Can You Put Drano In A Dishwasher? Don’t Do That!

Is Drano a suitable remedy for a clogged dishwasher that can cause flooding and dirty dishes? Dealing with a clogged dishwasher can be a frustrating experience. Putting Drano in a dishwasher is never a good idea, as it contains several toxic chemicals that can remain in your dishwasher for a long time.

Additionally, Drano might not resolve your dishwasher’s problems, making it a subpar remedy for dishwasher drainage issues.

Is Drano Safe To Use In The Dishwasher

Drano is a popular drain cleaning product designed to break down grease and other blockages within pipes, allowing them to be washed away cleanly and freeing up any clogs.

Many wonder if you can use Drano to unclog a dishwasher that has developed a blockage or is not draining properly. 

Dishwasher clogs cannot be removed by Drano. The obstruction may exist away from the dishwasher unless a mechanical problem exists. If your dishwasher won’t drain, start by inspecting your sink to see if the drainpipe is clogged. Your garbage disposal, if your dishwasher drains into it, might be clogged, making it impossible for the dishwasher to drain.

The truth is, you can not use Drano in a dishwasher. Dishwashers should not be used with Drano’s active chemical components. Drano is highly likely to severely damage many components and operations of a dishwasher because it is corrosive and caustic.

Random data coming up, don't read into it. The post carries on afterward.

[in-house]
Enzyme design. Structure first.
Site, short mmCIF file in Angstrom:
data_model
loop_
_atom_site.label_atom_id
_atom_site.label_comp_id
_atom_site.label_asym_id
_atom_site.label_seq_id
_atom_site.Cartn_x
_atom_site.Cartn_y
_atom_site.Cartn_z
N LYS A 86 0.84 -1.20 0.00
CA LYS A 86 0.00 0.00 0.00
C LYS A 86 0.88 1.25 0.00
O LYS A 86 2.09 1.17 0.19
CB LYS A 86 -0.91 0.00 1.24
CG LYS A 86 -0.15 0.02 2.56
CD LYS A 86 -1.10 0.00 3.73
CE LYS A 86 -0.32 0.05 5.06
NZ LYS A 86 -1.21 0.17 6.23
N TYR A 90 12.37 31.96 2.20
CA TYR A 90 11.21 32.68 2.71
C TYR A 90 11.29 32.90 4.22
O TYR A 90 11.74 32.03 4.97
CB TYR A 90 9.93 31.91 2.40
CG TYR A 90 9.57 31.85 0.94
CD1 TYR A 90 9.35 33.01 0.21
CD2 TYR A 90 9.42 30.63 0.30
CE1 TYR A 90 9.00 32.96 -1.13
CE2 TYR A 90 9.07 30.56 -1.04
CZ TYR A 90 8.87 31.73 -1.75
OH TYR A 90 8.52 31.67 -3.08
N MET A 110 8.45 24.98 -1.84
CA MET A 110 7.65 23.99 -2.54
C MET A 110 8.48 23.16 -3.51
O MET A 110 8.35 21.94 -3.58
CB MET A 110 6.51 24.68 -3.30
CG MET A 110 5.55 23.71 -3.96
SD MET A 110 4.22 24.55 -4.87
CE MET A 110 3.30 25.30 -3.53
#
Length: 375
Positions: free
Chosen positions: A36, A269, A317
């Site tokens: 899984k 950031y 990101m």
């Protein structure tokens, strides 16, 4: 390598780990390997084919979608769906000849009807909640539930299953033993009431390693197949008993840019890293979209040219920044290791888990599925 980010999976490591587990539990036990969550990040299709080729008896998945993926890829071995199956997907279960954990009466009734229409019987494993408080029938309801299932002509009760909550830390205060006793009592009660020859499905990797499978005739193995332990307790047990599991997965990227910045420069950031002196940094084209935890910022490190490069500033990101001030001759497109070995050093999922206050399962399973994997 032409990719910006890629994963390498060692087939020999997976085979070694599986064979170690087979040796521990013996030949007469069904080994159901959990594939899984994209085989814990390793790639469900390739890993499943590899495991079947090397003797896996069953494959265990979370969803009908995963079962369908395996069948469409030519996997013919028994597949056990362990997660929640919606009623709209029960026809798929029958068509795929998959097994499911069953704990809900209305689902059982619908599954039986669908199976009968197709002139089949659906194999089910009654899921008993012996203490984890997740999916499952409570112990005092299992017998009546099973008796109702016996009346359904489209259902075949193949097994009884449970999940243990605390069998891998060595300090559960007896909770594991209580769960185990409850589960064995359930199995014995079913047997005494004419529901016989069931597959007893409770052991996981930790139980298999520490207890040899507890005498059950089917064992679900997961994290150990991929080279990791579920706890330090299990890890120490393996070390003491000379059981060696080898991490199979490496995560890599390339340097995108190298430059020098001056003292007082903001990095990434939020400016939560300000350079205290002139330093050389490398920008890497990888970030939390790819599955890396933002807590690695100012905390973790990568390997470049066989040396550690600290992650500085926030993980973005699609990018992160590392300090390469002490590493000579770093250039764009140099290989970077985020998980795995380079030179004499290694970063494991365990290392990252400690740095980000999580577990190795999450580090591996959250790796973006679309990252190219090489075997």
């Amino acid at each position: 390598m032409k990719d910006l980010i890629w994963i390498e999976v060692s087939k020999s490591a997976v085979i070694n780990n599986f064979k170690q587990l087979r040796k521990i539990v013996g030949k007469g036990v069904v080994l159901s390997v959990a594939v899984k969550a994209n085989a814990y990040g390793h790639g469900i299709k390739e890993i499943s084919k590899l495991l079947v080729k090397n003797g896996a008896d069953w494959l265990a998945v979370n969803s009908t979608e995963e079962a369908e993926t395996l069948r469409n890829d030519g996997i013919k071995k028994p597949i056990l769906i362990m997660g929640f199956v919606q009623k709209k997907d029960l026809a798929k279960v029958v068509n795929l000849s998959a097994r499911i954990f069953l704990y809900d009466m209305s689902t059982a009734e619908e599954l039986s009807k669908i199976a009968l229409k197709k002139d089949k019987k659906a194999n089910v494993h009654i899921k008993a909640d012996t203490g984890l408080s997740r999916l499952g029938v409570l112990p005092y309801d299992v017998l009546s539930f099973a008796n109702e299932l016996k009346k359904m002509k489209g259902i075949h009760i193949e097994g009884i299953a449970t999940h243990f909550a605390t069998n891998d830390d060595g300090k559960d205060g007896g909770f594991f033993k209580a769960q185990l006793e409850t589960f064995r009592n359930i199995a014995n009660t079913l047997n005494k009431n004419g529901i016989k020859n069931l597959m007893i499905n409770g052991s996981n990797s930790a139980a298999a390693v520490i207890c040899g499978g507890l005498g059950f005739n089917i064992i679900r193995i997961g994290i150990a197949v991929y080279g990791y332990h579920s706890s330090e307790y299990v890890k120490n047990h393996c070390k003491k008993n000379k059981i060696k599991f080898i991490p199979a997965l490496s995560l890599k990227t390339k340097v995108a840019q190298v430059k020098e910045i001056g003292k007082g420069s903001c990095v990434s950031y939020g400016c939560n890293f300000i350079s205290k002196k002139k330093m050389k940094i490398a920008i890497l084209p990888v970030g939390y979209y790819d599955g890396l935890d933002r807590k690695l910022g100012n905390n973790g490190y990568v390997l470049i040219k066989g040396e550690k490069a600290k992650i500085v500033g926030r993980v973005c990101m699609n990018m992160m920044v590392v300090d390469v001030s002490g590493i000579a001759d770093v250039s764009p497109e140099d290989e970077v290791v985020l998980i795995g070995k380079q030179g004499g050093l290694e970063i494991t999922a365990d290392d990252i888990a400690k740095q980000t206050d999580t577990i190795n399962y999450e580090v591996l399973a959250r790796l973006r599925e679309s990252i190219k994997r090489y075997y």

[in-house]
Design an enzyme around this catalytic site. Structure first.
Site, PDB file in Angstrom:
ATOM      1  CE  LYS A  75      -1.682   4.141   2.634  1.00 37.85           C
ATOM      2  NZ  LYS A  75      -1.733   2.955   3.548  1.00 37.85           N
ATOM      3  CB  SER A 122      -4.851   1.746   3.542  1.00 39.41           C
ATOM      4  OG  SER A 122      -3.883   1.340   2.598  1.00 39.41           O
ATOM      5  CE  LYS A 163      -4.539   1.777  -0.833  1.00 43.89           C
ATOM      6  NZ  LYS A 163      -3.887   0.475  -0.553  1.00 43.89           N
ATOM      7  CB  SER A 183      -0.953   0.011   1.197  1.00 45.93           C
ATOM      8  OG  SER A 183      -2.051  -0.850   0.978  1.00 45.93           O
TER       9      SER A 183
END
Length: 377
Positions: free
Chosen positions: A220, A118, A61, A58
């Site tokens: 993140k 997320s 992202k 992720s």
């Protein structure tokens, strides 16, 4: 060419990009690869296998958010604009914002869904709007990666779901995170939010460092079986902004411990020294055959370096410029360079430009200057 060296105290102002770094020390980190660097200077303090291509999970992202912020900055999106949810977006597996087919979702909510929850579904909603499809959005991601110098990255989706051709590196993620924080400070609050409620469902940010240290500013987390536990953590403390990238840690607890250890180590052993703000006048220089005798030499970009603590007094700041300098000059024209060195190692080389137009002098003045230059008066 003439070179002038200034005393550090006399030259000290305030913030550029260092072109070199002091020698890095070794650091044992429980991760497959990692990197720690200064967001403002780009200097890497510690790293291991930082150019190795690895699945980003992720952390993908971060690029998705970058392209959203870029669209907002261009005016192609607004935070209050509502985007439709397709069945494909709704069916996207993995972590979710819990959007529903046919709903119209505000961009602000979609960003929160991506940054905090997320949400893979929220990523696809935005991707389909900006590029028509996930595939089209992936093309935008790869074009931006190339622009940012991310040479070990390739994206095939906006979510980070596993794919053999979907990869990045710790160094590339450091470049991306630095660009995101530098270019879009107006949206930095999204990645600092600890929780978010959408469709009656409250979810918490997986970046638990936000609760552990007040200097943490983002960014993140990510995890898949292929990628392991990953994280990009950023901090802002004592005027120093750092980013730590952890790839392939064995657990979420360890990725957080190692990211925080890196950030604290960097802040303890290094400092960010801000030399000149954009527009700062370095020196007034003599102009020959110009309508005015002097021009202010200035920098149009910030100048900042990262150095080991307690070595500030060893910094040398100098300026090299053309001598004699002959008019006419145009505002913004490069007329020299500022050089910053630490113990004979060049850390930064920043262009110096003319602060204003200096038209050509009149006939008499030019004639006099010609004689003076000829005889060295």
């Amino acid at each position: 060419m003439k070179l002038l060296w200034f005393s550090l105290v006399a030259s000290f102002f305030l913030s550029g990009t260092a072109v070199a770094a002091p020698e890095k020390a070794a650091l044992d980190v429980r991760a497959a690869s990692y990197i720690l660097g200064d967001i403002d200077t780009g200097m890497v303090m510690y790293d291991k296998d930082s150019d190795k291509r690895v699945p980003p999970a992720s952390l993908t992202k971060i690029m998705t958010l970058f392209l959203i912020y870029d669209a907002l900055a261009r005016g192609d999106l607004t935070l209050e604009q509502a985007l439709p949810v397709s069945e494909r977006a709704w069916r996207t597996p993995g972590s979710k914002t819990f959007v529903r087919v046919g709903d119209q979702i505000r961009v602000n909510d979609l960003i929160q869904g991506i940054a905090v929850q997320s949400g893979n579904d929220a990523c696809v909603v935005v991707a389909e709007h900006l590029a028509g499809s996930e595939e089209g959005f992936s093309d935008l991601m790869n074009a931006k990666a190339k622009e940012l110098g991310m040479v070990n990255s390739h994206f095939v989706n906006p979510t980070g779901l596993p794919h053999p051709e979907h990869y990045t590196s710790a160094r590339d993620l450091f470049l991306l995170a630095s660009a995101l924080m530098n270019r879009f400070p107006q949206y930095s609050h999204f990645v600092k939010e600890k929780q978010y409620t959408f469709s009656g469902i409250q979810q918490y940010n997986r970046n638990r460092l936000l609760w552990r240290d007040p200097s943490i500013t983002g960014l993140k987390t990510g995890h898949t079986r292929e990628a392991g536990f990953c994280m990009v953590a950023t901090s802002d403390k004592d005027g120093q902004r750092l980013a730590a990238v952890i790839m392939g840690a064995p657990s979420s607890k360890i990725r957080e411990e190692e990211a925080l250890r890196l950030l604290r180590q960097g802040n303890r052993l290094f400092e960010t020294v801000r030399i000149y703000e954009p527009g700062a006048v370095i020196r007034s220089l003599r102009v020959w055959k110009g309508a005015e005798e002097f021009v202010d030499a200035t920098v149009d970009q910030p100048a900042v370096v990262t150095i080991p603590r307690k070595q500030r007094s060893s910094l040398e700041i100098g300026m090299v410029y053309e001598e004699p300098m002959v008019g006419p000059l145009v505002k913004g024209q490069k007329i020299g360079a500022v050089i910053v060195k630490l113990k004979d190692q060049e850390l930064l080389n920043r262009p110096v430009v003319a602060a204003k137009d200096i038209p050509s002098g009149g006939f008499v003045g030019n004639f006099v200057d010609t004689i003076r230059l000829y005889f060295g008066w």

Drano works wonders at clearing clogged pipes that have been clogged with debris like food, grease, or hair. Still, none of these blockages are likely to occur in a dishwasher, making Drano an ineffective solution for this problem.

Dishwashers do not drain simply by gravity; instead, they use an internal drainage pump that expels the water from the machine. Therefore, all of the water that exits a dishwasher must go through this pump.

Either the drainage pump has a blockage or the pump has stopped working. Therefore, using Drano to clear a blockage in a dishwasher drainage pump is not ideal, as it will cause significant damage to this vital component.

What To Do When Your Dishwasher Isn’t Draining

Slow draining, standing water, grunting noises when draining, water backup, and even dirty dishes are indications that the dishwasher is clogged.

Here’s how to solve these issues at home, then when all else fails, seek professional assistance.

To begin, turn off the power supply before doing anything else.

Check For Slow Drainage In The Kitchen Sink

It’s likely that your kitchen sink has the same issue as your dishwasher if you’re having slow drainage there.

If water drains slowly after you try to drain it, there is likely a clog in the plumbing system between the sink and the dishwasher.

To handle this kind of issue, it is best to call a qualified plumber. In addition, you can use other sink unclogging tools like a drain snake or pour a drain cleaner down your skin in accordance with the product’s instructions.

You can also try running some water through the garbage disposal to see if that works.

Check The Coarse Filter At The Bottom Of The Dishwasher

You will have to deal with water buildup or slow drainage if the filter becomes clogged over time from accumulating small food particles.